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12:42 AM
@Ben I did that on a damage roll for Shatter once. :p
hey there @KorvinStarmast
@Shalvenay hail shal. How is trix?
OK here, as for you?
So far so good, running a session in my brother's world tonight.
I like shared worlds ... the world building as a collaborative effort ... makes for some interesting variations and themes
1 hour later…
2:09 AM
@V2Blast I was wondering about that "+1 or better..." bit also. Definitely existed in 1e/2e, IIRC.
@KorvinStarmast want some druid 🐝 s?
hey there @nitsua60
2:26 AM
@nitsua60 It was also (IIRC) a 3.0 thing, but not a 3.5 thing.
@Miniman took a Con ASI after all that. Turns out my Storm Barb abilities were based off Con as well, so my saving throws, ac, hp, and save DC all went up :D
@Ben that's some nice SAD at work, there.
@Ben I remember being surprised when you said they ran off Wis! I should've investigated that.
@nitsua60 SAD... S.A.D..... Nope... no idea lol
@Miniman Yeah, think that was from the UA maybe?
(S)ingle (A)ttribute (D)ependence
2:29 AM
@nitsua60 Ahhh right
Yeah, I'm at 20 Con now, so I'm pretty happy with that :D
@Ben Not a chance - that would mean they buffed it, and we both know there's no way that could ever happen :P
Nope, you're right. I just checked and it was always con haha
@nitsua60 how're things going?
Can I ask some things? When you DMing, do you make descriptions for every building that PC could visit and for every character that they would see (a few paragraphs of description)? For example, do you describe the odour (or another interesting trait) of every building or set the name, alignment, age, personality/goal for all NPCs?
How can you know if a PC would want to talk with them or visit a place? Also, do you make a difference between NPCs that talk to player than passive NPCs (I mean, those NPCs which are just a decoration, like a drunk person in a bar or a buyer in a shop)? Do you plan a dialog for every NPC (you can't never know if a PC would like to chat with the drunken man or the woman who is buying food from the shop)?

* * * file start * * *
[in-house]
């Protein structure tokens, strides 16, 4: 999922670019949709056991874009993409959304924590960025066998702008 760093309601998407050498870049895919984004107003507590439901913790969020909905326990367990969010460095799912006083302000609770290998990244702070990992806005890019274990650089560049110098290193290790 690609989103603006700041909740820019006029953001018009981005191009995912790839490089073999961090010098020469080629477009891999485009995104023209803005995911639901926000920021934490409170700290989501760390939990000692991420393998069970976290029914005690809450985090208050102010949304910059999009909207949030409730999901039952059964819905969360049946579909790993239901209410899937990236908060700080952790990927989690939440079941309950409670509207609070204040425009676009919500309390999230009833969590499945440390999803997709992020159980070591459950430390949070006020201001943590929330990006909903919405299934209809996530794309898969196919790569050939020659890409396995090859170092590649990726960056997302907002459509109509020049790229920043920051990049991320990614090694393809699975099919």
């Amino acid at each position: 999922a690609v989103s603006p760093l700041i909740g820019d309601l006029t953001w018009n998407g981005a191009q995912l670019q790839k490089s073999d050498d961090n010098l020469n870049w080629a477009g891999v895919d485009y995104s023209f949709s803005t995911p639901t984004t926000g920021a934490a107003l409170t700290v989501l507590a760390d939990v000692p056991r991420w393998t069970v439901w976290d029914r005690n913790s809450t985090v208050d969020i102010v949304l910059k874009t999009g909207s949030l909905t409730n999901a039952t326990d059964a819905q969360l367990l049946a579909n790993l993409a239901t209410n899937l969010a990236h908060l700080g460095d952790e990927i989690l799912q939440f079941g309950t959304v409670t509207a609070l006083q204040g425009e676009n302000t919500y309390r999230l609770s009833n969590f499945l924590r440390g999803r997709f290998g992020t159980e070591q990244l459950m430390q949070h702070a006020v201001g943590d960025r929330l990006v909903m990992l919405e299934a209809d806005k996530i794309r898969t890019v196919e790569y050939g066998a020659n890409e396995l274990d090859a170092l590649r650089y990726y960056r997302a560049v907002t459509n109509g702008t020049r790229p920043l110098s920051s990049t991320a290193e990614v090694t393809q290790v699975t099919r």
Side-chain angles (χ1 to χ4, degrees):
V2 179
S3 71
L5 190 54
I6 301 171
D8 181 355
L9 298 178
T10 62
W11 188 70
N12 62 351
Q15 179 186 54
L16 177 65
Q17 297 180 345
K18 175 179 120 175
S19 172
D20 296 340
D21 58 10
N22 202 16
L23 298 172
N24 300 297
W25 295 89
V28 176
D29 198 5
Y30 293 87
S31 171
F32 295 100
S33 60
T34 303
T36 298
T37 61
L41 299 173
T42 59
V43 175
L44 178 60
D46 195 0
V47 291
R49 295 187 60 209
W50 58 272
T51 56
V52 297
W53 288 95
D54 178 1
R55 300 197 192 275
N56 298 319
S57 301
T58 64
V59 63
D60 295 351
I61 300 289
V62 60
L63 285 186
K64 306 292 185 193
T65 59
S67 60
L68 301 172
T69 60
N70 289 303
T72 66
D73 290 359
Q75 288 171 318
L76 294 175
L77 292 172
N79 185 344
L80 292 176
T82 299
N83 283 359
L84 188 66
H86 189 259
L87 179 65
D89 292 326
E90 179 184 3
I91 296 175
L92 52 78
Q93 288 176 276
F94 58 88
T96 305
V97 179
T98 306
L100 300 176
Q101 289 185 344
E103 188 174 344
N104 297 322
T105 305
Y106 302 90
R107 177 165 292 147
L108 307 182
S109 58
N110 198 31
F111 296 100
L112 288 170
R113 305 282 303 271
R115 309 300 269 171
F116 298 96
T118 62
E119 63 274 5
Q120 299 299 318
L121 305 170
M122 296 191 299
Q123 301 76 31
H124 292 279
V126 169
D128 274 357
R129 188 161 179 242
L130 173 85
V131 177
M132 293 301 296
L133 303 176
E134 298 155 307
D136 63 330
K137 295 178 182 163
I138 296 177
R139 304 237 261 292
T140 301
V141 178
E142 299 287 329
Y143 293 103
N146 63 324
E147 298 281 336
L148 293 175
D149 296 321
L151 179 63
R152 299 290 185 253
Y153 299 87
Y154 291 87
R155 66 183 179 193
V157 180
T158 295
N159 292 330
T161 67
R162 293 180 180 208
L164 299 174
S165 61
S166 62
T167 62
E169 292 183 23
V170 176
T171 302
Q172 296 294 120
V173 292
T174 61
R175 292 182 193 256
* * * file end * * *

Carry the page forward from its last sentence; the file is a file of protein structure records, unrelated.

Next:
Does all NPCs has always something meaningful to say (like information or a quest) o sometimes some NPCs do nothing worth of tell? Thanks
@EnderLook You don't have to. Unless it's important, I wouldn't worry about it
2:37 AM
@Shalvenay father-in-law had two positive days, then a little bit of a backslide today. So that's got us a bit down. Trying to crank on grading, but one kid had their last swim practice tonight so that frees up a bit of breaking room in the family life. So... busy with swirls of good and bad? Thanks for asking. You?
@nitsua60 OK here, still hoping to get a chat in with you in the near future here :)
@Shalvenay Next week I'm hoping to take what free time I have and both get up to see my dad (hospice) and get down to see father-in-law again. So... about eight days from now?
@nitsua60 hopefully?
@EnderLook Again, you only need to plan if it's important. Part of a quest etc. IF a PC wants to talk to everybody, then that's probably somethin you should discuss with them, because that is likely only going to lead to issues. Maybe just restrict conversations with PCs to relevant information - if they've heard anything about something the PCs are looking for, etc, otherwise they're not overly talkative.